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Fiscal Cliff Deal: What It Means for You

Maybe you were too busy ushering in the new year to master the fine points of the deal that averted the " fiscal cliff." Now you're wondering, what does it all mean for me?

We're glad you asked.

What will happen to my paycheck?

Let's start with income tax. Rates will stay the same for 99 percent of workers. If you earn $400,000 or more ($450,000 or more for couples), Uncle Sam will begin taking a bigger bite - at 2001 levels.

What about payroll taxes? Haven't I been paying less to Social Security the last couple of years?

All workers are taking a hit here. Since 2011, you've been paying 2 percentage points less of your earned income into Social Security - a move that was designed to help stimulate our troubled economy by giving more people more money to spend. But that so-called "payroll tax holiday" has expired. In 2013, you'll take home 2 percentage points less.

I'm on Medicare. What happens to my benefits?

Good news: No change in Medicare benefits, including Part D low-income premium and cost-sharing subsidies and catastrophic subsidy payments. But watch for proposals to change Medicare to resurface in negotiations about raising the debt ceiling in the coming weeks.

Will Medicare pay my doctor for my visit?

Yes, your doctor will still be paid at the same level this year, thanks to the agreement. Unfortunately, that's only a temporary "doc fix." A permanent arrangement could become part of broader Medicare negotiations.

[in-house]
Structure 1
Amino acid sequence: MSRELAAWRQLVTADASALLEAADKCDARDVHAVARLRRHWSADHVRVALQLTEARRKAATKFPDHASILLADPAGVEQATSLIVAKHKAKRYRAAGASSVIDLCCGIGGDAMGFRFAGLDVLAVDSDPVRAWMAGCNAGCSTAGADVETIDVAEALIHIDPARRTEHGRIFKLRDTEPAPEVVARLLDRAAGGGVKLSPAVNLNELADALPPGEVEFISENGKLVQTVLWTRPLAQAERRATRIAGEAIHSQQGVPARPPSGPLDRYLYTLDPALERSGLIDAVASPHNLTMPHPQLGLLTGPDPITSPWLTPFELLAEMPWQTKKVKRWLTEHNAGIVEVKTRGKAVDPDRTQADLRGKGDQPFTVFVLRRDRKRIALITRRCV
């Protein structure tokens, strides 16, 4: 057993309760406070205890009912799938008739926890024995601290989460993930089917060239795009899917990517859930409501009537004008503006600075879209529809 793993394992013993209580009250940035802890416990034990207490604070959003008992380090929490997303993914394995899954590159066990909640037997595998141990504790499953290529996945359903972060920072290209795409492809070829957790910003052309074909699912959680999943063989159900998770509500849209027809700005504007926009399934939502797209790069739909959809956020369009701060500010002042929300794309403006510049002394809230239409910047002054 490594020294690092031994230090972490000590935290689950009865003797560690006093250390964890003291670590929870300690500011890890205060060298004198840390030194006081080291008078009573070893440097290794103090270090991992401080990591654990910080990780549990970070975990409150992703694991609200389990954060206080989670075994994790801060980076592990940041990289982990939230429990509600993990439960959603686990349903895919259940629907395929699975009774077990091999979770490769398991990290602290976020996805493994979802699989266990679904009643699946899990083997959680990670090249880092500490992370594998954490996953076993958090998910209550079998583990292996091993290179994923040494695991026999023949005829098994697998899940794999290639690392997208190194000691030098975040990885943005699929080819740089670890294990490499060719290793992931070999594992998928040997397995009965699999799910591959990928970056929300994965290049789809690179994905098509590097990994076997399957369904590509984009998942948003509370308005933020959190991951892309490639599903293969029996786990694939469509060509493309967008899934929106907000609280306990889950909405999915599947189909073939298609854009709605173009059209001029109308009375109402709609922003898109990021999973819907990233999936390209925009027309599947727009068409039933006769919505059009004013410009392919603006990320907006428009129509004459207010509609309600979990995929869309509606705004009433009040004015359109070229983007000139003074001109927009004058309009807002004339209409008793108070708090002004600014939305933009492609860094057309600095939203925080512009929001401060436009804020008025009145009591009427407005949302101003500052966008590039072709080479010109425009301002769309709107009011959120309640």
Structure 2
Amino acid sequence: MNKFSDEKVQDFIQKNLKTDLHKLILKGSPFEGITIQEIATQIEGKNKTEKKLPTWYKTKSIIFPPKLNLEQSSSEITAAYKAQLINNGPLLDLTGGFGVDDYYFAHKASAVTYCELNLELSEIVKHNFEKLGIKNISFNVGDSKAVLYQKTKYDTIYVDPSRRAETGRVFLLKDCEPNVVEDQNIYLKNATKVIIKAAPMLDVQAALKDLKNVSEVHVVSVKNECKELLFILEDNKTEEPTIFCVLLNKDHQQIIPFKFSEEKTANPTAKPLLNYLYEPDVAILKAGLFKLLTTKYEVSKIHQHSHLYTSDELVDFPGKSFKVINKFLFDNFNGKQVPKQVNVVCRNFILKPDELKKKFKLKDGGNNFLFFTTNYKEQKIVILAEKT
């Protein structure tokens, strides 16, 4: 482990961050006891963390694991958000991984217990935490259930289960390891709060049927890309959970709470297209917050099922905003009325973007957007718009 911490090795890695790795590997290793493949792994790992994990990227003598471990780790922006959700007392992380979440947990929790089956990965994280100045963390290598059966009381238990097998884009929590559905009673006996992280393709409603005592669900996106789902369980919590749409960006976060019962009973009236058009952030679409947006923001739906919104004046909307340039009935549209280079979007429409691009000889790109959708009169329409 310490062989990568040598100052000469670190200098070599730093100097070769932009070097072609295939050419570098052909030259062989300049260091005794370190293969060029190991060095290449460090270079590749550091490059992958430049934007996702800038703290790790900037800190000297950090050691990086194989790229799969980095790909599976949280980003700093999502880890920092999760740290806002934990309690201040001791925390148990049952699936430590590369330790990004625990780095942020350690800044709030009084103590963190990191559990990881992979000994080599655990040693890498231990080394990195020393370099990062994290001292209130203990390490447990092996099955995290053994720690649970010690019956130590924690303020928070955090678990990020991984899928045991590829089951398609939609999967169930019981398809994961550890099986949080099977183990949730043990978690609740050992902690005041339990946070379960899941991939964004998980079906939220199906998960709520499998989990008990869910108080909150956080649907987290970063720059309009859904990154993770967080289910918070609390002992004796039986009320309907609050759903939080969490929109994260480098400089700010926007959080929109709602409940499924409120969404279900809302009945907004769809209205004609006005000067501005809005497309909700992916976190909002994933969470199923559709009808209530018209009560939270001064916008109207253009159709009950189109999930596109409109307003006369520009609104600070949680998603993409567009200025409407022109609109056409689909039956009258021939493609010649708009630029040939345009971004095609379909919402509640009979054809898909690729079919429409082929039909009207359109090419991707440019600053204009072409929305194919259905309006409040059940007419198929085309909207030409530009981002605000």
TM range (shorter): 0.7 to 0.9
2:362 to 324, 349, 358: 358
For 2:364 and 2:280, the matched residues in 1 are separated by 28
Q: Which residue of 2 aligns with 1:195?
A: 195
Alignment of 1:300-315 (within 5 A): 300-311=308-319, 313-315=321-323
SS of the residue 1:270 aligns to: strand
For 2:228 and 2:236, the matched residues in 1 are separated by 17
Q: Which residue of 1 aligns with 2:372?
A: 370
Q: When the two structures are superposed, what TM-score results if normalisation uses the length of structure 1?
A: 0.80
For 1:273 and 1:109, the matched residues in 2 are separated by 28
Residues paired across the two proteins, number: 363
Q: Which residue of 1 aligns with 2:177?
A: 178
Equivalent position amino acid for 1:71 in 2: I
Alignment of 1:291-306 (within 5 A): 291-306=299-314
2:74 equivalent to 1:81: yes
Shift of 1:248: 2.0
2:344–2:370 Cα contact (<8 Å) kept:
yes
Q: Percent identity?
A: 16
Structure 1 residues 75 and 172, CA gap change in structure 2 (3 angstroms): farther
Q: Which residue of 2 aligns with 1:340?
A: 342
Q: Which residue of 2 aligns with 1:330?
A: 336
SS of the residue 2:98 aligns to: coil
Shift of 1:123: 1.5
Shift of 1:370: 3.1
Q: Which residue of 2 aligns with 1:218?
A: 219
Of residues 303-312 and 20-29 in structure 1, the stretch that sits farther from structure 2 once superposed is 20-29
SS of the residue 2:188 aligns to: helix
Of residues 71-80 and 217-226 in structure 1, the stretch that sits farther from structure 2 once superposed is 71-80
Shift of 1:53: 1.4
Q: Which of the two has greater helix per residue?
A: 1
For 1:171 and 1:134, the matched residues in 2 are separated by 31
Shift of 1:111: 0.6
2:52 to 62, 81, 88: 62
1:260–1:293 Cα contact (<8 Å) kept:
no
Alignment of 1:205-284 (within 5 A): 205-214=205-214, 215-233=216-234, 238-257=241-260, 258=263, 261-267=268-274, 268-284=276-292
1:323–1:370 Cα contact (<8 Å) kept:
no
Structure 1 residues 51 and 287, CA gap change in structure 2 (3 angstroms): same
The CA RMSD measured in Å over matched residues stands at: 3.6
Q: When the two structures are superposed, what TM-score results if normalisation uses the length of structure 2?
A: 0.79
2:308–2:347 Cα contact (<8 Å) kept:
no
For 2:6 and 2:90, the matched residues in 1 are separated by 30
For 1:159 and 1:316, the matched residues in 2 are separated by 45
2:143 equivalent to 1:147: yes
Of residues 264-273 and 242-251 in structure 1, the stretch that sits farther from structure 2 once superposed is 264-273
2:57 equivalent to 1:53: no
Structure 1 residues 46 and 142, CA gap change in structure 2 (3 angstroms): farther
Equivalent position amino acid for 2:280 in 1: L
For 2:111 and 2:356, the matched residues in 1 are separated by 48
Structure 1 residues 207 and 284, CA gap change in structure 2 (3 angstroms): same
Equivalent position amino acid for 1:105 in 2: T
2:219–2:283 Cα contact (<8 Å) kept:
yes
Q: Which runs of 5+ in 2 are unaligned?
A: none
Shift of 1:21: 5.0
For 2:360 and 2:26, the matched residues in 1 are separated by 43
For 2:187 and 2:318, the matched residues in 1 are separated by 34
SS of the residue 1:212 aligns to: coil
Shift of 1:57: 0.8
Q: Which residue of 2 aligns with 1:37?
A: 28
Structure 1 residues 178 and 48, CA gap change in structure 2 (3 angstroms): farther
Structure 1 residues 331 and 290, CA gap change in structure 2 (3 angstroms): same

Will anything happen to my Social Security benefits?

Not for now. Social Security retirement and disability payments were exempted from the budget cuts. But like Medicare, Social Security could soon be at the center of negotiations.

What about Medicaid, food stamps and Veterans Affairs compensation payments?

The same as for Social Security - no change.

I've been out of a job for more than a year. The federal emergency unemployment benefits have kept my family going. Will that stop?

No. The deal extended that help - for you and 2.1 million other unemployed Americans. Another 1 million people who don't have jobs and will exhaust their state benefits in early 2013, according to the advocacy group National Employment Law Project, will also be covered. And good luck with your job search.

Should I give my heirs a heads-up about changes in the estate tax?

Only if you've got lots of money for them to inherit. The first $5 million in inheritance is still tax exempt, but after that the rate rises to 40 percent, from 35 percent previously.

Will Meals on Wheels keep delivering to my home?

The agreement delays for two months cuts to the Meals on Wheels program and all of the other across-the-board cuts to the budgets of numerous domestic agencies and the Pentagon. But stay tuned.

Will I get snagged by the Alternative Minimum Tax?

That depends on your income. Middle-class Americans, who have been increasingly hit by a tax code initially aimed at making it harder for wealthy American to avoid taxes through loopholes and deductions, will now be spared from this tax. But Americans in the highest income brackets will have a harder time getting around it.


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